4. Immediacy of feedback
No matter the industry, a regular feedback loop encourages improvement and allows us to gauge the true impact of what we’re doing. Without this, we’re left hoping we’ve made a difference but with no concrete evidence to prove it.
An example of this within a charity would be with a listening helpline. A helper might take a crisis call, provide support, but then never hear from the caller again. With digital services, you can automate an anonymous feedback process through a messaging service or Google Form. This allows you to get a handle on the impact of your service and how it’s being felt and understood by the people who use it. It encourages reflection on how to improve and do better next time.
5. Reaching new people
For those with complex needs – which might include suffering with agoraphobia or being a single parent with a busy schedule – digital alternatives to in-person groups could be a more convenient, preferred method. It lets them have tough conversations from the comfort of their homes behind the barrier of a screen. Digital tools allow you to reach users in a setting they know well, encouraging positive engagement.
6. Delivering services at scale, cost-effectively
Virtual meetings are cost-effective – mainly because they don’t need a venue. Also, over text, a support worker can juggle several casework conversations, thus increasing their capacity. In a time when fundraising income is lower than usual, technology excels at helping you support the same amount of people with reduced budgets.
7. Getting creative
Digital support brings a brilliant opportunity for creative connection. As face-to-face relationship building is no longer possible, some practitioners and support workers are finding creative ways to build emotional connections in ways that suit the digital medium. Examples might include sharing music, watching a video together, quizzing, or collaborative drawing. Even when apart, there are ways to connect and be together.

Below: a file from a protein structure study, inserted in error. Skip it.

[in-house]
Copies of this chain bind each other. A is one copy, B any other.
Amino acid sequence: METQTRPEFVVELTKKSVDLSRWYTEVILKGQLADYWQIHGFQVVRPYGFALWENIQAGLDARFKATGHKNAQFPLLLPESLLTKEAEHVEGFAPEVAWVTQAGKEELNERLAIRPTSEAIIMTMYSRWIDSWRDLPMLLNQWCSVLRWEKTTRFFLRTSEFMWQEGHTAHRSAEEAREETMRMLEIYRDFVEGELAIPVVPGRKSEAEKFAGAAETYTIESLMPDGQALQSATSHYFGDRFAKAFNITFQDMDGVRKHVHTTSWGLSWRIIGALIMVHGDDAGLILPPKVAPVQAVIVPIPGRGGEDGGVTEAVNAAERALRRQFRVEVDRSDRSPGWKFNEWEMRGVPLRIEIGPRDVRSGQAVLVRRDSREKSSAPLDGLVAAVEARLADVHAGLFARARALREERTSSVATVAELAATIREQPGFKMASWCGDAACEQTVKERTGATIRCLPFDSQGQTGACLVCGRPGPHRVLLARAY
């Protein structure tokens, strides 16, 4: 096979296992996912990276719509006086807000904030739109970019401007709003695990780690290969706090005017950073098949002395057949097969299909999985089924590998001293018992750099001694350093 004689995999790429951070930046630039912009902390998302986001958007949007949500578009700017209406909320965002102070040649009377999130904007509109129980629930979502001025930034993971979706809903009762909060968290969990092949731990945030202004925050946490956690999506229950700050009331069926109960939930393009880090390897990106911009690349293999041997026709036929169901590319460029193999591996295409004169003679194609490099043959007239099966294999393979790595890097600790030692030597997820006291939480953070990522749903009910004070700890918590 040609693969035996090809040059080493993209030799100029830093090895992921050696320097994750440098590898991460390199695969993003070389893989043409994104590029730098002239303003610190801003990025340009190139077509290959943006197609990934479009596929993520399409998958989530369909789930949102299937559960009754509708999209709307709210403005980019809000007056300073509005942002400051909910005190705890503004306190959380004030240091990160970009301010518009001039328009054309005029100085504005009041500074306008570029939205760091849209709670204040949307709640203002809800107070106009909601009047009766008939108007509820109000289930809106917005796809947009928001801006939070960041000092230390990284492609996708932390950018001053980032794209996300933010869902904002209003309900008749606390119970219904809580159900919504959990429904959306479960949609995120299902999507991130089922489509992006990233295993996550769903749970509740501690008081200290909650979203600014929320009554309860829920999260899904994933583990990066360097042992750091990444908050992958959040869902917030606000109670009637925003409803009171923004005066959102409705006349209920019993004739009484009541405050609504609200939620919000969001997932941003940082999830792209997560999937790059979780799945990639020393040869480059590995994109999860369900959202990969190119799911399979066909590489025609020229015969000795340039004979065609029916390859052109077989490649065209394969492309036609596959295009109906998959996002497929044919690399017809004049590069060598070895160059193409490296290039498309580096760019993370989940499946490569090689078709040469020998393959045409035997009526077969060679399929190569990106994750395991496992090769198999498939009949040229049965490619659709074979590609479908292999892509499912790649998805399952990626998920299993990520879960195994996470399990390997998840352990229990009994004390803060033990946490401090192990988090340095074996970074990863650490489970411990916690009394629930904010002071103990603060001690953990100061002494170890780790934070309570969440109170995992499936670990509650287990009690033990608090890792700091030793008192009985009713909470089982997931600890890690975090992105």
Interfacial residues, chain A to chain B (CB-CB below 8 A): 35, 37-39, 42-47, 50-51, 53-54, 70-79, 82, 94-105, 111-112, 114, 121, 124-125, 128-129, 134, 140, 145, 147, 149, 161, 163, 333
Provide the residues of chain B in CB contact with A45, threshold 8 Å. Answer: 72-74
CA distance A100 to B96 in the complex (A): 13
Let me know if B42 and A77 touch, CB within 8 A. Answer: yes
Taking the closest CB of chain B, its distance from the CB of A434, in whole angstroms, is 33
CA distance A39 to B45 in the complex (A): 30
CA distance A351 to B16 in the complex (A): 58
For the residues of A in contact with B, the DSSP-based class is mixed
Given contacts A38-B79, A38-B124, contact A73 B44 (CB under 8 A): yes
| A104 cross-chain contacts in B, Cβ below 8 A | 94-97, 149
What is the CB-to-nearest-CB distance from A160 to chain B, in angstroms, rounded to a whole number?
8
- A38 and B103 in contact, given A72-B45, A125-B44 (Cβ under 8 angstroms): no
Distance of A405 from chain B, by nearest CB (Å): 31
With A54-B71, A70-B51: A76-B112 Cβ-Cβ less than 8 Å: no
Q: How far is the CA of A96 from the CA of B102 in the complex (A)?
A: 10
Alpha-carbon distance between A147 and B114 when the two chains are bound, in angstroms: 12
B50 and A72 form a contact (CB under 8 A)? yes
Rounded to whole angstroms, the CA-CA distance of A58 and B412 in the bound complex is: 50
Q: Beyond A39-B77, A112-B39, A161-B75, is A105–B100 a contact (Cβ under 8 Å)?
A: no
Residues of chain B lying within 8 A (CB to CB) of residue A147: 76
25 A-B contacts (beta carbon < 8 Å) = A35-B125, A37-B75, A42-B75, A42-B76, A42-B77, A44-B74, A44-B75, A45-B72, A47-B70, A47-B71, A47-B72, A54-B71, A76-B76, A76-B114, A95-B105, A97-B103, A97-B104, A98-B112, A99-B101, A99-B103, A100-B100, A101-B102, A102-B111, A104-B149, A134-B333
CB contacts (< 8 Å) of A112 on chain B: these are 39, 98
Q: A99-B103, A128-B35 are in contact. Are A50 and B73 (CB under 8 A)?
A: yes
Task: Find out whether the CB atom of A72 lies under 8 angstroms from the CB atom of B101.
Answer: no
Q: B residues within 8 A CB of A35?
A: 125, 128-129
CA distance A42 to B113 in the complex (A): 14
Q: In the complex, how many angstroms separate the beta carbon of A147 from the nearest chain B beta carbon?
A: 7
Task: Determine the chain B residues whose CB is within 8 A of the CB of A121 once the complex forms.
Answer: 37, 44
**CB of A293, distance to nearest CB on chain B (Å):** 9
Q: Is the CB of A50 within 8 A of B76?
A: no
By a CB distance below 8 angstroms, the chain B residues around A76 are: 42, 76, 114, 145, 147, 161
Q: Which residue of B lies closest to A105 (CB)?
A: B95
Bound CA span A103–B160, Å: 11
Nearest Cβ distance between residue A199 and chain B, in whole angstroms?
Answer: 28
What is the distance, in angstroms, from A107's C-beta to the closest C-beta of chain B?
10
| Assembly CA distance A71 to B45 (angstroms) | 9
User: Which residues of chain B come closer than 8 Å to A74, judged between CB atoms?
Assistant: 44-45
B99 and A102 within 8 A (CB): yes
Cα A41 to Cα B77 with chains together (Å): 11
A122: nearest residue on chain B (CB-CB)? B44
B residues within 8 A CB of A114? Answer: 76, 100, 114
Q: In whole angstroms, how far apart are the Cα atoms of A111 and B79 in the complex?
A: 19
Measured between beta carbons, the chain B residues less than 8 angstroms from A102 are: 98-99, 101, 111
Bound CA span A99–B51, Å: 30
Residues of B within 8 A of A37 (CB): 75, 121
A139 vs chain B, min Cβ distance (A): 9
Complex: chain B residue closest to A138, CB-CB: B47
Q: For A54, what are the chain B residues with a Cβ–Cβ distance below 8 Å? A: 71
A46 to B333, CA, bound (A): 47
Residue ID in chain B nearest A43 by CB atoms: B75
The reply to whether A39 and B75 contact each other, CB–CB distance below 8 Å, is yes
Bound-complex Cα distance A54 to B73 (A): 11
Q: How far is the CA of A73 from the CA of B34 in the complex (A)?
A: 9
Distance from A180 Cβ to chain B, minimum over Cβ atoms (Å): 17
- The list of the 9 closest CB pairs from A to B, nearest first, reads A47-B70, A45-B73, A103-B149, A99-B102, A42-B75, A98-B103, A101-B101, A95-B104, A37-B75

When looking for digital alternatives to your services, the obvious thing to do is to create a digital copy of an existing service, matching it as closely as possible. But this won’t always work.
For example, a peer-to-peer mutual aid group that used to meet face-to-face once a week at a community centre might function well enough doing a one-hour video conference call once a week instead. But it’s much harder to take turns and build relationships over video conferencing.
Instead, maybe an ongoing, 24/7 peer-to-peer group chat would work better. Allowing people to chat via text, share photos, links to songs, and whatever else is inspiring them to stick with their recovery.
All this isn’t to say we should make a shift to purely digital methods from now on. But as we ease out of lockdown, there’s every chance that some lessons learnt will stick around and improve the way we work long into the future.
There’s no reason that the peer-to-peer group chat mentioned above, for example, would have to close just because the face-to-face sessions resume. It could continue to act as a complement to the existing service, boosting its effectiveness, and enabling the inclusion of those who can’t travel to the group regularly or at all.